The case before the court began when Angie Moriana quit her job as a sales agent in Los Angeles for Viking River Cruises and complained she did not receive her last paycheck. She became the lead plaintiff in a private suit alleging violations of behalf of a large group of Viking employees.

Viking asked a Los Angeles County Superior Court judge to block the lawsuit and send her case to arbitration. The company said she had agreed to arbitrate “any dispute arising out of or relating to your employment.” Moreover, she had waived any right to any “class, collective or private attorney general action.”

But the judge and a state appeals court refused and ruled that under California law, the private suit may proceed because “the state is the real party” bringing the claim. The state Supreme Court turned down an appeal, but in December, the U.S. Supreme Court agreed to hear Viking’s appeal.

“Arbitration will be gutted,” Clement argued, if states can authorize broad private lawsuits in its place.

But workers’ rights advocates said the private lawsuits are crucial for protecting employees. They cited a recent report by the UCLA Labor Center that found 89% of claims under the Private Attorneys General Act alleged wage theft.

Justice Brett M. Kavanaugh asked whether it was correct that “California is an outlier here.”

Yes, said Scott Nelson, an attorney for nonprofit consumer advocate Public Citizen. California wanted “to enhance its enforcement” of workers rights, he said. And that decision to authorize private suits “is entitled to respect, even if California remains the only state that does so.”

The court will hand down a decision in the case by late June.

LGBT Employees and Benefits: Impact of Marriage Equality

A year after the Supreme Court’s historic marriage equality ruling (Obergefell v. Hodges, June 2015), Lincoln Financial surveyed LGBT employees about their benefits. Since the ruling, 28% of the LGBT community overall, and 35% of those married or in a domestic partnership have reevaluated their workplace benefits, enrolled in a new benefit, or increased their contribution to an existing benefit. Thirty percent are making changes to their workplace benefits as a result of the ruling. But 50% are still unaware of how the ruling affects their benefits. Thirty-eight percent of LGBT employees who are married or in a domestic partnership are not aware how the marriage equality ruling affects their workplace benefits. The study also finds the following:

  • 14% of LGBT employees who are married or in a domestic partnership have enrolled in a new non-medical insurance plan.
  • 11% of LGBT employees have enrolled in a new health insurance plan.
  • 7% LGBT employees have made changes to their retirement plan by enrolling in a new plan or increasing contributions.
  • 51% of LGBT employees would like to speak with someone about their benefits.

For more information, visit http://newsroom.lfg.com/mood-of-america-special-report

Group Asks Supreme Court to Review Challenge to Employer Mandate

The Association of American Physicians and Surgeons (AAPS) is asking the Supreme Court review a case that challenges the ACA’s employer insurance mandate (Stephen F. Hotze, M.D., and Braidwood Management v. Sylvia Mathews Burwell and Jacob J. Lew). Employer, Braidwood Management, says that it was forced to purchase ACA-compliant insurance at inflated premiums to avoid a $100 per-day/per-individual tax (or penalty). Braidwood Management says that, because of the ACA’s coercive intrusion, it could no longer purchase the pre-ACA low-cost insurance with the options it preferred. The ACA reduced market choices, increased prices, and limited some features that Braidwood Management and its employees valued.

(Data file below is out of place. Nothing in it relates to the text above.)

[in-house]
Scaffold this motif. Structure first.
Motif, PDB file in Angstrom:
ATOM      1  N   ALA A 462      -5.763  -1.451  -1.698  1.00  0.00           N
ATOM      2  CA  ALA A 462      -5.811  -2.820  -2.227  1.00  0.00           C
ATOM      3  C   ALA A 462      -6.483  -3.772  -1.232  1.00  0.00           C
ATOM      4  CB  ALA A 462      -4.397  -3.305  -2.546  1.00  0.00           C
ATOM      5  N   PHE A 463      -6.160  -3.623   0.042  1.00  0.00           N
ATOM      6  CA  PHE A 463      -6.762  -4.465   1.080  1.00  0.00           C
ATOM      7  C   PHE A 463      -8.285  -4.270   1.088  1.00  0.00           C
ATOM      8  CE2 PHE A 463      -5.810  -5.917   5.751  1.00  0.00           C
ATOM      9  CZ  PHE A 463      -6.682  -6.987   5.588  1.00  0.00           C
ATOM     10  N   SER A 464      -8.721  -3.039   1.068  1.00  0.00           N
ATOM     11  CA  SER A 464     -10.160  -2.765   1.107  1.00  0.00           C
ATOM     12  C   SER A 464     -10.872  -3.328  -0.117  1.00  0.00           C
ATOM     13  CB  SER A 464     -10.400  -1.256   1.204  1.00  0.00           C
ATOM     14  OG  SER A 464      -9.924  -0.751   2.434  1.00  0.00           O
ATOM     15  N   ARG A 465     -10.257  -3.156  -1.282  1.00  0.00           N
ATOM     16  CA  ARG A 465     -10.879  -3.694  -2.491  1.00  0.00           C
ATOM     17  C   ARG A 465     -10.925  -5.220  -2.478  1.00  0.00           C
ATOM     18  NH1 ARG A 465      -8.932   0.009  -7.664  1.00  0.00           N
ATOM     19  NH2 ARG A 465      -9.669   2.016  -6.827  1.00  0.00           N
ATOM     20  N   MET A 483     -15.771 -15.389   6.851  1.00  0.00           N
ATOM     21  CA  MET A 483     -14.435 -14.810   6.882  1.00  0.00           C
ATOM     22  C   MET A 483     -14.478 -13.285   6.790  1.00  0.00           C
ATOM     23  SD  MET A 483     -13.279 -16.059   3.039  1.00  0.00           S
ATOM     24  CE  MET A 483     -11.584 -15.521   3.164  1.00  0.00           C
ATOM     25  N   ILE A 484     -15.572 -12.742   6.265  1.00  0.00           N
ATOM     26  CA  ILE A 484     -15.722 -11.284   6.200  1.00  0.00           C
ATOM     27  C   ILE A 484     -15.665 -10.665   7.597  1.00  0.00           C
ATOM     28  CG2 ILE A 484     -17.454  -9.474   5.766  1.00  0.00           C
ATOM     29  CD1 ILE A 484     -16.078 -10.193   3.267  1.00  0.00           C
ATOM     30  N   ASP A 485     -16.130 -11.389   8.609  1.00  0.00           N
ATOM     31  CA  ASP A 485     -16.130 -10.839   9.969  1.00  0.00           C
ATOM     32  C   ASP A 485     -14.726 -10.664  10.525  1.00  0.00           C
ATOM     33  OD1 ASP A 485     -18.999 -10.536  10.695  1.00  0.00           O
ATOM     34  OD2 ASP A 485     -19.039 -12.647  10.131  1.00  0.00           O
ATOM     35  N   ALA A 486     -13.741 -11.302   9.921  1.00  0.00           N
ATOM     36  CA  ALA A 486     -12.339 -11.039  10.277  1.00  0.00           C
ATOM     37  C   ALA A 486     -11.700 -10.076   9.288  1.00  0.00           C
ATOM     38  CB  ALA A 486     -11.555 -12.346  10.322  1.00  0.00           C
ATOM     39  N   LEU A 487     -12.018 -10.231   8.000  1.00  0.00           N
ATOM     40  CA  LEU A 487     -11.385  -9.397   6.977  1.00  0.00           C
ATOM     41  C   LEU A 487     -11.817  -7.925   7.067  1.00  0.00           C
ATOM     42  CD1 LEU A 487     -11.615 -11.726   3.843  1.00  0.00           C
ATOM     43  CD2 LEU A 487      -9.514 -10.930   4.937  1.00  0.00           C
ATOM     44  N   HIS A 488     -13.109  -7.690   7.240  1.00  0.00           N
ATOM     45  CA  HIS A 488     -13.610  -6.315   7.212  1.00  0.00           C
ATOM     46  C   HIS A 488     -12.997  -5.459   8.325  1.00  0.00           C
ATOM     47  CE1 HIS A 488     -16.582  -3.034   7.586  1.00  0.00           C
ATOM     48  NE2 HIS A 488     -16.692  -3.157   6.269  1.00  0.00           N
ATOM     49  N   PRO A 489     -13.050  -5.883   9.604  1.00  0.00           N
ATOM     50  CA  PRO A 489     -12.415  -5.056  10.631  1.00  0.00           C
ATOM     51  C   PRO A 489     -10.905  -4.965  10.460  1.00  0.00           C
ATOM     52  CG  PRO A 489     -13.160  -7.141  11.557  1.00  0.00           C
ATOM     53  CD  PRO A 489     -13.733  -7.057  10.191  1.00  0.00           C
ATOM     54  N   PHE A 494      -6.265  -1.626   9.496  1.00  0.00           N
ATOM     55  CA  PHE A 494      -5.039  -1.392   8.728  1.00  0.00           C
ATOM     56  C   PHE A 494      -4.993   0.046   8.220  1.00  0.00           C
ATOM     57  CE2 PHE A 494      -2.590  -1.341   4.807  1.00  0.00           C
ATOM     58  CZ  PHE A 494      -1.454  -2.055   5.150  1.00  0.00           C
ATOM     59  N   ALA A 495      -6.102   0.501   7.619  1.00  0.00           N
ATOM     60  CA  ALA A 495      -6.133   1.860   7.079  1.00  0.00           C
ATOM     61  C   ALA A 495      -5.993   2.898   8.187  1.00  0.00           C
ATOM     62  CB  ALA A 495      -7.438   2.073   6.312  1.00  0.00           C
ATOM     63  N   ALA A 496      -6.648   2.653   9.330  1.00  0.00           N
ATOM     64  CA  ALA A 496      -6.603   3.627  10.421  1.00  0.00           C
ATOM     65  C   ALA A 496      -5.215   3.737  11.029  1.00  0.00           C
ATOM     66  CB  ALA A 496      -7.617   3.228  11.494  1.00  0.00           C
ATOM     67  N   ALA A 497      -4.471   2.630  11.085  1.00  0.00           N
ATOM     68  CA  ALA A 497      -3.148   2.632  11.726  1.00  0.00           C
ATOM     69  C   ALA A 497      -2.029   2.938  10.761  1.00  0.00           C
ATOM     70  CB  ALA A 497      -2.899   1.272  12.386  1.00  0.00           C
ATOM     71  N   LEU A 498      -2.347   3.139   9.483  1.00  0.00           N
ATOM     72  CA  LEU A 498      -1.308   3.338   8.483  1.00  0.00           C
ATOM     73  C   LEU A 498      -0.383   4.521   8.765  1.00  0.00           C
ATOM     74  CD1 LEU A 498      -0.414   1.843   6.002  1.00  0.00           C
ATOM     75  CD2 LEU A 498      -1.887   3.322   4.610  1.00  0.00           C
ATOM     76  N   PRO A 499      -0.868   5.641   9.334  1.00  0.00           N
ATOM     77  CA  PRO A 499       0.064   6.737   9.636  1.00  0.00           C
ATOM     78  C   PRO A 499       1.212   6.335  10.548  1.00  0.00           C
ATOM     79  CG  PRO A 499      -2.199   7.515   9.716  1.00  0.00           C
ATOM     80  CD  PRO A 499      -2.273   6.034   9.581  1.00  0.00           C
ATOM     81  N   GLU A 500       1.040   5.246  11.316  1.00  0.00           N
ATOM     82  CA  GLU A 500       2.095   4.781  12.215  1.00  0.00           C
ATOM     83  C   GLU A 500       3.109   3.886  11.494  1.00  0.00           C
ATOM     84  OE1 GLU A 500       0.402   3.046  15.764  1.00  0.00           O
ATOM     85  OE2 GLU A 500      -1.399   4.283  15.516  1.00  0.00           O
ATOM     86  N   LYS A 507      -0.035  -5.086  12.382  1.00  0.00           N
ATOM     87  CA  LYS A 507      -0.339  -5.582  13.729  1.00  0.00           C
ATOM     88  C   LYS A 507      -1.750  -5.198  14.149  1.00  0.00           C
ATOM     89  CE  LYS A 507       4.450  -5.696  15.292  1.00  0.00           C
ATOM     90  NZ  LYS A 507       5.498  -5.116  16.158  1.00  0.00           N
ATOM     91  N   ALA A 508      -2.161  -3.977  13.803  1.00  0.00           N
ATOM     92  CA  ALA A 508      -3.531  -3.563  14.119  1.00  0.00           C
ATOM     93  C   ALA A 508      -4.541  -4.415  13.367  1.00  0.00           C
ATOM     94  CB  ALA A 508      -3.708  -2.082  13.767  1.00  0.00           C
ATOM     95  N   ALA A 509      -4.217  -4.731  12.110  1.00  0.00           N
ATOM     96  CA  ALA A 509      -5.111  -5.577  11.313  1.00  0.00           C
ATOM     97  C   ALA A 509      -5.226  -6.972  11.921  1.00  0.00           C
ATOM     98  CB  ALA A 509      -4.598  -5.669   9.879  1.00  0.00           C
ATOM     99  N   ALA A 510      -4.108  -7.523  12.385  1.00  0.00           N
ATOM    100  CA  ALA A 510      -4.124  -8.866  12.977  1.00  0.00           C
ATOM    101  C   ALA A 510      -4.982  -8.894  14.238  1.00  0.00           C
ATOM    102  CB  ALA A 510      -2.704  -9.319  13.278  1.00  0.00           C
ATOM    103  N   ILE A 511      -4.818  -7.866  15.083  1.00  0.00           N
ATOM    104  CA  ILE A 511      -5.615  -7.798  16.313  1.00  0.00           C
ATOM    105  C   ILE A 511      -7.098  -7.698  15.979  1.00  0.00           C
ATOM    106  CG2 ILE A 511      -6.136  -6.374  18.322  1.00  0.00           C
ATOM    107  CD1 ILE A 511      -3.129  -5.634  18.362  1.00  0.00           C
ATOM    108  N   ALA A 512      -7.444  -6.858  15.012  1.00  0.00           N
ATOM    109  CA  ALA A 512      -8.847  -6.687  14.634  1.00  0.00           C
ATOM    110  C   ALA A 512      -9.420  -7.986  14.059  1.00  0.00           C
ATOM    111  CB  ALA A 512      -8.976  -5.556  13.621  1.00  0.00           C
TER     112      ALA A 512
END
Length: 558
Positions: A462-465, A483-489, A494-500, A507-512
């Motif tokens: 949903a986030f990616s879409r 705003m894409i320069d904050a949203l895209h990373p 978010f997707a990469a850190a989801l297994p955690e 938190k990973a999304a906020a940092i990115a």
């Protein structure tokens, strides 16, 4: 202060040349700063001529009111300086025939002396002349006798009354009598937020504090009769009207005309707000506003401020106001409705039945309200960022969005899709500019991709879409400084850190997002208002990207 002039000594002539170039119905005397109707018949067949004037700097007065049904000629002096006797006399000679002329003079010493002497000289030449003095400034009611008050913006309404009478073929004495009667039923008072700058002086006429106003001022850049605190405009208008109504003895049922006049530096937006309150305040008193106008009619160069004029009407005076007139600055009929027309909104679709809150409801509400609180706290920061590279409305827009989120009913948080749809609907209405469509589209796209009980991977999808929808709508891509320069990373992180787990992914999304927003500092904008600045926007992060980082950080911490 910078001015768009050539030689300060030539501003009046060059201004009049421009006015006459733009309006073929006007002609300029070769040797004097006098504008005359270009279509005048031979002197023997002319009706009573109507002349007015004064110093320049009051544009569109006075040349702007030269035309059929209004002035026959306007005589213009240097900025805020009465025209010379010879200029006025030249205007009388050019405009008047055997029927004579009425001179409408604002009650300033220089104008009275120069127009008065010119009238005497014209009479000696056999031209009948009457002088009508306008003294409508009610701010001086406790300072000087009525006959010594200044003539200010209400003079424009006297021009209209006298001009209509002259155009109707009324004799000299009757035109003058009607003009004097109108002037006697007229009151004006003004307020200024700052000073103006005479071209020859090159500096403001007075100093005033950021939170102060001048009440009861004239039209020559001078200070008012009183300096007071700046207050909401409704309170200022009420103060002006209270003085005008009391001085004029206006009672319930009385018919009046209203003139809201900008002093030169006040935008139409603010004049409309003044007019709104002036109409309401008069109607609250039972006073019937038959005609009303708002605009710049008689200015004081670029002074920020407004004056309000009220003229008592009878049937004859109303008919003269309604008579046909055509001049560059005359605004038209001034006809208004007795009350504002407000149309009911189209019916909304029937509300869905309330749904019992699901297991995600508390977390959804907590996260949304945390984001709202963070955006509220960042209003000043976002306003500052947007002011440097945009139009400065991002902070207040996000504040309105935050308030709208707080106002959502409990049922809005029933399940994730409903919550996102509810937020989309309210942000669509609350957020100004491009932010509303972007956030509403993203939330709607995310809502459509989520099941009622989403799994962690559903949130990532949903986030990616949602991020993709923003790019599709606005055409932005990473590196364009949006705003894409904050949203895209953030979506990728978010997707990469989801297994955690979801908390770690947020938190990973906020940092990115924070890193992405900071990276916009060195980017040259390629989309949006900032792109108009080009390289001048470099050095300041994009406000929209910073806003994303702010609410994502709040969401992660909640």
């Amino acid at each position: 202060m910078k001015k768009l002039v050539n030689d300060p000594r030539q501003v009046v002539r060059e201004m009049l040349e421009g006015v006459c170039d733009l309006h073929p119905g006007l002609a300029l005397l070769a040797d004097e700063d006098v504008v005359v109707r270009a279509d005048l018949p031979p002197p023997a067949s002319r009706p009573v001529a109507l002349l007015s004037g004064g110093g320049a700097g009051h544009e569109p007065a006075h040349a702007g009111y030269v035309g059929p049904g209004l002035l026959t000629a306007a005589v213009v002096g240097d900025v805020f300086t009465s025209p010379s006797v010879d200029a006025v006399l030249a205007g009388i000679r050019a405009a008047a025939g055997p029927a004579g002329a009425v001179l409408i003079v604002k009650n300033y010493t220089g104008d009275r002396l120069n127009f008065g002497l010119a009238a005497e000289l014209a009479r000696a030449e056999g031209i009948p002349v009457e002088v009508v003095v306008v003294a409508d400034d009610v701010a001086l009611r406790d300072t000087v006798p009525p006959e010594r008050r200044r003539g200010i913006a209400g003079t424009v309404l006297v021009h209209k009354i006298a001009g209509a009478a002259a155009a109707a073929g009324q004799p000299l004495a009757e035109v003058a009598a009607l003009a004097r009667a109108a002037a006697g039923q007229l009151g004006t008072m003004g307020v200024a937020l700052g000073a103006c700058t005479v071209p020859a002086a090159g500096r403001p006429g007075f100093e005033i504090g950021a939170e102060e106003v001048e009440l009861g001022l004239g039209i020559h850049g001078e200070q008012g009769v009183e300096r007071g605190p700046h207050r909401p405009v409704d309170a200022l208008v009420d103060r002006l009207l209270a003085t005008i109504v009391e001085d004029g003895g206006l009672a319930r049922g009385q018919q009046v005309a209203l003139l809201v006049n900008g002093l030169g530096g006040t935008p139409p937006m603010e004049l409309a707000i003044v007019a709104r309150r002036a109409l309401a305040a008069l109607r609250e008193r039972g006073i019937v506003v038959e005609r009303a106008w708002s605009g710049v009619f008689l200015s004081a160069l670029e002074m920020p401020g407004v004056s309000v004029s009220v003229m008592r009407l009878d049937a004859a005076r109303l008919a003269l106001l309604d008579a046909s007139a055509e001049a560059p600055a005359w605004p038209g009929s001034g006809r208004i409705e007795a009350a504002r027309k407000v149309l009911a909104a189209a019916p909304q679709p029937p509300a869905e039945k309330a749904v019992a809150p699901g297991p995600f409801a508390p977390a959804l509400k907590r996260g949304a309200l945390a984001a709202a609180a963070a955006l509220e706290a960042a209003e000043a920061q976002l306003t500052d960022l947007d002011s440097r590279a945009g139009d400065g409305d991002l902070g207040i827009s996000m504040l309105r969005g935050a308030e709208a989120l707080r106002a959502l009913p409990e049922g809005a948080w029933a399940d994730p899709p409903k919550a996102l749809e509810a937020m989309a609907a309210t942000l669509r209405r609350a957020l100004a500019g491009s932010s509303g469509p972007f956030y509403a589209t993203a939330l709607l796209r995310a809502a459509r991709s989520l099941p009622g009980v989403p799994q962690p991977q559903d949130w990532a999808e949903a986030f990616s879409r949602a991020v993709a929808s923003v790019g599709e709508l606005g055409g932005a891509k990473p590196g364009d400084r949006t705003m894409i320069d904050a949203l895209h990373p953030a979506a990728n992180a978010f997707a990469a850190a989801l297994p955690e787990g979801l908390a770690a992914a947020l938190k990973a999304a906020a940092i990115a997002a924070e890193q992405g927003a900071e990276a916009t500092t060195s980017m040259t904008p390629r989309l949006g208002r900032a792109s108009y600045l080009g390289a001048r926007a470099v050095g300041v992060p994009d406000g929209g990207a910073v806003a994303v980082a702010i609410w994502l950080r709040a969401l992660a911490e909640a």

The AAPS says that the mandate is unconstitutional because the Constitution requires all revenue-raising bills to originate in the House of Representatives. AAPS executive director Jane M. Orient, M.D. said, “The ACA is basically the Harry Reid bill. The…ACA was drafted in the Majority Leader’s office, outside the usual committee process. The legislative process [was] reduced to backroom horse-trading to secure the moderate members of the majority caucus without inviting input from the Senate minority.

The Fifth Circuit dismissed the case, saying that the Anti-Injunction Act (AIA) does not allow businesses to bring pre-enforcement challenges to the employer mandate (tax). But attorney Lawrence Joseph argues that the Anti-injunction Act does not apply to regulatory taxes under the ACA, nor does it prohibit challenges to illegal or unconstitutional taxes. Moreover, employers like Braidwood Management have no post-enforcement remedies to recoup a tax they never paid. Finally, even without ruling on ACA’s tax penalties themselves (as taxes), a federal court would have jurisdiction to stop the ACA’s unconstitutional intrusion into the health-insurance marketplace. “Some may say that, after a couple of big setbacks to challengers in the Supreme Court, ACA is here to stay. But because of its sloppy drafting, frenzied enactment, and widespread destructive effects on freedom, the economy, and the practice of medicine, there will be legal challenges as long as it is in effect,” Orient added.

Hospitals Well Positioned for Insurer Consolidation

The for-profit hospital industry is well positioned to weather the wave of mergers and acquisitions (M&A) among the largest for-profit health insurers, but consolidation could have some important longer-term ramifications, according to Fitch Ratings.

M&A activity among health insurers is not likely to result in immediate price pressure for hospitals. In many markets, health insurers are already fairly consolidated. Recent actions by hospitals to build market presence will shore up negotiating power. However, it could hurt the competitiveness of smaller insurers in some markets. It could also accelerate the shift towards value-based payments for hospitals and other healthcare providers.